Clotting factors are proteins found in blood that work together to make a blood clot. They are designated by Roman numerals I through XIII.1
Blood vessels shrink so that less blood will leak out.1
Tiny cells in the blood called platelets stick together around the wound to patch the leak. Blood proteins and platelets come together and form what is known as a fibrin clot. The clot acts like a mesh to stop the bleeding.1
Bleeding causes a biological "domino effect" in which a series of steps are set in motion. When your body detects a bleed, the clotting factors are switched on in a particular order, one after the other.1
Each factor activates the next until they form a clot. This is known as the coagulation cascade.1 Intrinsic and extrinsic pathways are 2 separate pathways that lead to the formation of a clot. The intrinsic pathway is activated early in the coagulation cascade, known as the initiation phase. The extrinsic pathway activates during the amplification phase of the coagulation cascade—increasing the number of platelets at the site of a bleed.2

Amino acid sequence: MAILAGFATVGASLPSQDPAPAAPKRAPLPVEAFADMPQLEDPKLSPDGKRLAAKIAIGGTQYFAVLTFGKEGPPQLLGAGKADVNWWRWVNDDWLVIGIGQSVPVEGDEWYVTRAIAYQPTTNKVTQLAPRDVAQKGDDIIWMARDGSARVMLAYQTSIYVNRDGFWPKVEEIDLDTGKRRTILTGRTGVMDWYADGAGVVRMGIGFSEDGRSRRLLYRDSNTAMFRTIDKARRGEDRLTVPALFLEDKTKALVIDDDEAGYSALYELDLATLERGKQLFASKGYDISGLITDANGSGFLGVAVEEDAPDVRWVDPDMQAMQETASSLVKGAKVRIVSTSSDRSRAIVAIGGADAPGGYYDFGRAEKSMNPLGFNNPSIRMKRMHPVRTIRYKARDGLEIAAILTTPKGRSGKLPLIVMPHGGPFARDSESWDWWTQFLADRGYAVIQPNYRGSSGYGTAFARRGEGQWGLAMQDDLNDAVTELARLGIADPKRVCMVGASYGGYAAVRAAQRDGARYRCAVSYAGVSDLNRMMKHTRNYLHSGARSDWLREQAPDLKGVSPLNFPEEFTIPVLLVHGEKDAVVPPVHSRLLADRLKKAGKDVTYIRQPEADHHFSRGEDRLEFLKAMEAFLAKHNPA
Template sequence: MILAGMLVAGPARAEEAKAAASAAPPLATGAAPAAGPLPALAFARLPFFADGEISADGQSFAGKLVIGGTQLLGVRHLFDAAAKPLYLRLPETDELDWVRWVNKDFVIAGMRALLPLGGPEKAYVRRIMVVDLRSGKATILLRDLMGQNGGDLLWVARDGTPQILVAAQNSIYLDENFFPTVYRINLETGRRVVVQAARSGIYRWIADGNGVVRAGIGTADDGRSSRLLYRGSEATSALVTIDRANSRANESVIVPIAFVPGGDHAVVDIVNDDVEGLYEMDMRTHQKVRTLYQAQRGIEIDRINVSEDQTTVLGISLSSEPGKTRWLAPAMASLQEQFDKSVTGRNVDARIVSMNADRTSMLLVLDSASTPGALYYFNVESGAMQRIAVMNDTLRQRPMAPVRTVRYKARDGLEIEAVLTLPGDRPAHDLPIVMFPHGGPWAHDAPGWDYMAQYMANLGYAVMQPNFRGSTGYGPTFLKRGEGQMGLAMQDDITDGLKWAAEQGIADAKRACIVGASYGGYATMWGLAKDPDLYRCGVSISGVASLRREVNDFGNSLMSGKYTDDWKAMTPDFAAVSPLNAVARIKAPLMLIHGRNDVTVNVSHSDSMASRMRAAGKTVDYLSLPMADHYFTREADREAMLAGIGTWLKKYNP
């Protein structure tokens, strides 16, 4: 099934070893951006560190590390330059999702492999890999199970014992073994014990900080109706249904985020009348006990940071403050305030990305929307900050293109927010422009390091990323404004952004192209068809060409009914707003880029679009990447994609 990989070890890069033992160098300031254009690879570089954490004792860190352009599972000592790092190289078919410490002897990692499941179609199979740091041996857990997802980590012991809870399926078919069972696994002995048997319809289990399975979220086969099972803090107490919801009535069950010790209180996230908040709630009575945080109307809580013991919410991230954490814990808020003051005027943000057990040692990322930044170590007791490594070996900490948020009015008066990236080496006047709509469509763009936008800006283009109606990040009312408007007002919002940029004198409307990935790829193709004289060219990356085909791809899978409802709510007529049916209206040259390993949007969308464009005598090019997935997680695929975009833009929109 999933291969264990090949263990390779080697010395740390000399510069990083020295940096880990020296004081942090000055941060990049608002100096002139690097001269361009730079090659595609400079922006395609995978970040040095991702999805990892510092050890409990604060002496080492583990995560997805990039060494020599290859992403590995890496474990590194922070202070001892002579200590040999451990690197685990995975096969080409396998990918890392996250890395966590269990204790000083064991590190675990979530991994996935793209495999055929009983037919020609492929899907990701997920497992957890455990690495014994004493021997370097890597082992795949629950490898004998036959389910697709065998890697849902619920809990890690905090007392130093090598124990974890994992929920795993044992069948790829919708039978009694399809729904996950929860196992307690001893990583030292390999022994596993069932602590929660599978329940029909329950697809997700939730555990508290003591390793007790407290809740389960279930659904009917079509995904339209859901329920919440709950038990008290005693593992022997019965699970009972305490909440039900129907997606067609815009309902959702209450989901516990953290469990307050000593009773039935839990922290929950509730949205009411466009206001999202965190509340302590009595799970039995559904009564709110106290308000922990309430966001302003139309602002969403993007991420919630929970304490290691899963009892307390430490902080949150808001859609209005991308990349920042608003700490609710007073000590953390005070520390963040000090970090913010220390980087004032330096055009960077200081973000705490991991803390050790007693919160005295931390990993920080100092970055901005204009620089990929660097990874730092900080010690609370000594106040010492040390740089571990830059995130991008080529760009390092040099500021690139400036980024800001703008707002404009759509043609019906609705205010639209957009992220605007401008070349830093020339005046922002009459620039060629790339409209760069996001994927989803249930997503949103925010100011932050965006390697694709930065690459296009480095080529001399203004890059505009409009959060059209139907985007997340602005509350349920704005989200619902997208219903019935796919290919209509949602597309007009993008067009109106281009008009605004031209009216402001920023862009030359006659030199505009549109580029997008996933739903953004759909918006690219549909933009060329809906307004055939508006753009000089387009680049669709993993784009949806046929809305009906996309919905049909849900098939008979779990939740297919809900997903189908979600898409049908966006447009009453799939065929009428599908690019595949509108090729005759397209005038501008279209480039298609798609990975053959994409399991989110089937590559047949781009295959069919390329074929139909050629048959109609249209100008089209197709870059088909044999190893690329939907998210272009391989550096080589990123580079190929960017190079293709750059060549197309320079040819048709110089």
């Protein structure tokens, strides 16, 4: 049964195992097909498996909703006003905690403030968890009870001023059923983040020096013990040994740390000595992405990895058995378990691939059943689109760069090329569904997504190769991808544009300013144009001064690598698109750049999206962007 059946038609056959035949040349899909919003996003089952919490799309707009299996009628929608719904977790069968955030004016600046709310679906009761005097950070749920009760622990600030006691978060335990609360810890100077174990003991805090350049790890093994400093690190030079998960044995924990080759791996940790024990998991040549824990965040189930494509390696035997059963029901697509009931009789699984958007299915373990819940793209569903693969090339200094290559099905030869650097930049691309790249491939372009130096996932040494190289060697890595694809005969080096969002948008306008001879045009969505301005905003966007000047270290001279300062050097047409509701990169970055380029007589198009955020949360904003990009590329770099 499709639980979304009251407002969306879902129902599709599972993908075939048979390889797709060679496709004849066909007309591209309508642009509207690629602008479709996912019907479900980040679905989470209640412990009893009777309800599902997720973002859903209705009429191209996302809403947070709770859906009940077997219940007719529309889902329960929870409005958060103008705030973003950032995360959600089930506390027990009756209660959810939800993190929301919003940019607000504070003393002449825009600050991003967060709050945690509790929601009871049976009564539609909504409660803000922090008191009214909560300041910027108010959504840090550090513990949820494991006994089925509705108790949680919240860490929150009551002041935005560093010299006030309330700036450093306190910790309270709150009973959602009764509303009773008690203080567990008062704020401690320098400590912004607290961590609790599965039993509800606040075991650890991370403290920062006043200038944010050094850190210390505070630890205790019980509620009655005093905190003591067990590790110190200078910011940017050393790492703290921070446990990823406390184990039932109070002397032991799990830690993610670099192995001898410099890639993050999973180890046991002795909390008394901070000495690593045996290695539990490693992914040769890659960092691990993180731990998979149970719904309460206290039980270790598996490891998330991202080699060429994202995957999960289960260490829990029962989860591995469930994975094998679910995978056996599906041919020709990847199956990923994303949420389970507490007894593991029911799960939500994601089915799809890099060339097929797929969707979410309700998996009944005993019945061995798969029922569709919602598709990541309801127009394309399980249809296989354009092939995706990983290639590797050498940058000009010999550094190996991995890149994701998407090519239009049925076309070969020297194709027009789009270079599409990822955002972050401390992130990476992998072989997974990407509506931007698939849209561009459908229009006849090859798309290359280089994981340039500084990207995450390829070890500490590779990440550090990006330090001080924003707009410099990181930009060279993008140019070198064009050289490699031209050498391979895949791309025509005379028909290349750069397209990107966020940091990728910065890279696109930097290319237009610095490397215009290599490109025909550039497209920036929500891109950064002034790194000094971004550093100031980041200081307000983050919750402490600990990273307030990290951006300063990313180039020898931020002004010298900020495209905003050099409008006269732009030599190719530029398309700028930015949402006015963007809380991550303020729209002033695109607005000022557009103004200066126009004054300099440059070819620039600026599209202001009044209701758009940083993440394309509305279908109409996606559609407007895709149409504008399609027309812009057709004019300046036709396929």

You can imagine the process like a row of dominoes. Each factor signals the next, all working together like a row of dominoes falling into each other.1 If a single domino is missing in a row, dominoes will stop falling. In the same way, if a single factor is missing from the clotting process (like factor VIII or factor IX), the coagulation cascade gets interrupted and a proper clot will not form when you have a bleed.4
When certain blood-clotting factors are deficient or missing in a person with a bleeding disorder, the blood does not clot as it should, and it takes longer for a clot to form and for bleeding to stop.3
Bleeding disorders go beyond hemophilia A and B and include other factor deficiencies.
Explore more resources like our Hematology Support Center and partner advocacy groups.
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